It always felt like it was going to be contend-or-bust for the Russell Wilson era in Seattle this season.
Wilson's Seahawks are 3-8 and in the stacked NFC West's cellar. His highly anticipated return from injured reserve due to a finger injury has produced an 0-3 skid against playoff-contending NFC squads Green Bay, Arizona and Washington.
Over the course of those three games, Wilson has averaged 205 passing yards with just two touchdowns and a pair of interceptions. Which isn't to suggest Seattle's free fall is all on the quarterback—roster-building issues around the future Hall of Famer have been persistent for years and seem to finally be catching up with the organization while he returns from the first missed games of his career.
The overarching context for the Seahawks is unfortunate. This past offseason, Wilson told the Seahawks he wanted to stay in Seattle, but his agent did list four teams that he'd accept trades to. According to ESPN's Adam Schefter, they were the Dallas Cowboys, New Orleans Saints, Las Vegas Raiders and Chicago Bears.
Fast forward to now, the Seahawks even flirting with .500 and putting something on film they could build around might fend off trade speculation. But the relationship feels like it has run its course. Seattle can use (though very unlikely) an out built into Wilson's contract this offseason, but they'll undoubtedly look to trade him in order to get something immediate and valuable in return for his departure, provided he'll waive his no-trade clause.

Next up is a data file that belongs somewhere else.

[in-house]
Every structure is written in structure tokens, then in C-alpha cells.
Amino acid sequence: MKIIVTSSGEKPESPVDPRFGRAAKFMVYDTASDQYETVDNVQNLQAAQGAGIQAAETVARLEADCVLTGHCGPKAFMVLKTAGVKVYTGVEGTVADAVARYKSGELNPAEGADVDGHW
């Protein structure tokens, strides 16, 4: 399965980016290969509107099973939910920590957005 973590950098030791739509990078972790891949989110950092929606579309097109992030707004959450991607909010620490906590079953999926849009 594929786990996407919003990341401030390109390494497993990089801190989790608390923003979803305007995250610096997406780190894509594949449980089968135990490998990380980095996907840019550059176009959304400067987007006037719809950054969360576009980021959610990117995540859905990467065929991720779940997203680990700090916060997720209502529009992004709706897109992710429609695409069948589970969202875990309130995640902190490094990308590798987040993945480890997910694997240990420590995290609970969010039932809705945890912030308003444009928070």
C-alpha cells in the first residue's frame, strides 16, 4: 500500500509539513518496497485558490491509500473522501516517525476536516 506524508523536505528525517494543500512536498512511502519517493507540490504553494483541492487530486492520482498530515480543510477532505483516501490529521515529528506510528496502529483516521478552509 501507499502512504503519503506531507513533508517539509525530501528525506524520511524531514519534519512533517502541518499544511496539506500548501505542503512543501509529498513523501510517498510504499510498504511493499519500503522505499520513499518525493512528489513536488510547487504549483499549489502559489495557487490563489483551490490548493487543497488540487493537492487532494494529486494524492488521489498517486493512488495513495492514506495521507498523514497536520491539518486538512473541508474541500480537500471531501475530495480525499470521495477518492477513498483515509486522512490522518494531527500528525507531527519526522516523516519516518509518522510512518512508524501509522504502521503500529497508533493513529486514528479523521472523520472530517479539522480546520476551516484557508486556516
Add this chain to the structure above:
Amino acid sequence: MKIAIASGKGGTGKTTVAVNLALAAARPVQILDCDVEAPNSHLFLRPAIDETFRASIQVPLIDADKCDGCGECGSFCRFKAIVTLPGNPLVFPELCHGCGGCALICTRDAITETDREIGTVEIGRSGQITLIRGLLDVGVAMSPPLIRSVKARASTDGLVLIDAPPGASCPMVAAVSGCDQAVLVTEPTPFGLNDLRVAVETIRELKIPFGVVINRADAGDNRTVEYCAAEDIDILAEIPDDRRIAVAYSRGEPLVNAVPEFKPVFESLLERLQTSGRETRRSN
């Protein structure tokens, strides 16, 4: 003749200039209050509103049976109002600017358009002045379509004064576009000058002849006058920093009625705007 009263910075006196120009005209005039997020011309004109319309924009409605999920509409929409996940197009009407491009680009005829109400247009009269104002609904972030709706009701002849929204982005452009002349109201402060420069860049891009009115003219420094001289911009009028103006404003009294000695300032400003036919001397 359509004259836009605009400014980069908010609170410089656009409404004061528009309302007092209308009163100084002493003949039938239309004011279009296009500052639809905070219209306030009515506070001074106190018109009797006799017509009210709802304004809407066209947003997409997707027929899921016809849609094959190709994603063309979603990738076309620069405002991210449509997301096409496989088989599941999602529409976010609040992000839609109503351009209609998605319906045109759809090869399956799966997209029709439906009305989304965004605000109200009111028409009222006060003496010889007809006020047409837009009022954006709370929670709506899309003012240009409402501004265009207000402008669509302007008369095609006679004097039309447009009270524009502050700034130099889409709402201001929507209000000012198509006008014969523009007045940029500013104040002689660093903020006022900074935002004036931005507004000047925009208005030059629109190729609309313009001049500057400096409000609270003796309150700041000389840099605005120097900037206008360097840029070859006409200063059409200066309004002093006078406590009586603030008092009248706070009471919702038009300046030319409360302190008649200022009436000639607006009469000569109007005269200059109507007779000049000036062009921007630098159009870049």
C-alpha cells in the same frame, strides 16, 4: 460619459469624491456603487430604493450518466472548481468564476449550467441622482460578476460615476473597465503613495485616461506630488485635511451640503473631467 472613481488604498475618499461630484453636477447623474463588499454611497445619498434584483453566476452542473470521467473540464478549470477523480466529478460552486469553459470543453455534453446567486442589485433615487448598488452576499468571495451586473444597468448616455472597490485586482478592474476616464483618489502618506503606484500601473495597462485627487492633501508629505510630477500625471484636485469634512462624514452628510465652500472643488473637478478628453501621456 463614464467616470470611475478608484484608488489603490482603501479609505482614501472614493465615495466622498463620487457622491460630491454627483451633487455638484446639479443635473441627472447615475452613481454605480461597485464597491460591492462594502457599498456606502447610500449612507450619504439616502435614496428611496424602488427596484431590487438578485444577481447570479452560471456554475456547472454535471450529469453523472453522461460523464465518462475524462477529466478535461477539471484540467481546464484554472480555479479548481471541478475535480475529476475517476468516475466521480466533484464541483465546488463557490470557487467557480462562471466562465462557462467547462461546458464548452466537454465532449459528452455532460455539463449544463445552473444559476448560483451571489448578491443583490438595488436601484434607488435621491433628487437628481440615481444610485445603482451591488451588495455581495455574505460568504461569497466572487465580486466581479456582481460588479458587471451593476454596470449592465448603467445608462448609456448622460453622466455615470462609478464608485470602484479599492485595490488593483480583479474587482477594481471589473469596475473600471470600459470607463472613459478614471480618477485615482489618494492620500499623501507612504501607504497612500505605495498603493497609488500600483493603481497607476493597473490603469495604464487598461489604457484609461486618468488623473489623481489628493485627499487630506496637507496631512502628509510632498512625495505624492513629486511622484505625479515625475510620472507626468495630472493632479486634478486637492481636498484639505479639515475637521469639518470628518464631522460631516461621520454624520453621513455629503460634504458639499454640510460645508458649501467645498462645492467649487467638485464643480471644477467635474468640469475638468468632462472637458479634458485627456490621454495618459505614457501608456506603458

Wilson's preferred list of destinations, however, needs updating. Dallas isn't moving away from Dak Prescott and Chicago has first-rounder Justin Fields to develop. Wilson's play this year at the age of 33, isn't helping his cause with some would-be destinations and could lessen the potential return the Seahawks would get via trade compared to say, what the Detroit Lions got when shipping Matthew Stafford to the Los Angeles Rams.
Luckily for Wilson, there are some offseason destinations that make sense. They boast strong pieces around the quarterback and are in a position to make a run if Wilson arrives and plays at a high level.
Here's a look at a handful of those potential landing spots and what it might take to get a deal done.
Washington Football Team
A year removed from backing into the playoffs with a losing record in a weak NFC East, the Washington Football Team continues to hang around the playoff picture with a 5-6 record courtesy of three straight wins.
That streak also has Washington playing itself out of position for a top pick and a potential top-flight passer in the 2022 draft. After 39-year-old Ryan Fitzpatrick made it into just one game this year, former undrafted free agent Taylor Heinicke has made 11 appearances, throwing 16 touchdowns and 10 interceptions, throwing multiple scores in a game just four times.
It's fun to imagine a healthy Wilson in Washington teaming up with legit No. 1 wideout Terry McLaurin, versatile weapon Curtis Samuel and reliable chain-mover Adam Humphries in an offense directed by Scott Turner, who lulls defenses with power runs before deep shots.
Wilson would be a dramatic upgrade, and much faster than any rookie in an NFC East where even Dallas only has seven wins after losing two in a row. Washington sending a pair of first-round picks (2022 and 2023), a mid-round pick (likely a third-rounder) and Heinicke as a piece to compete in Seattle, would likely get it done.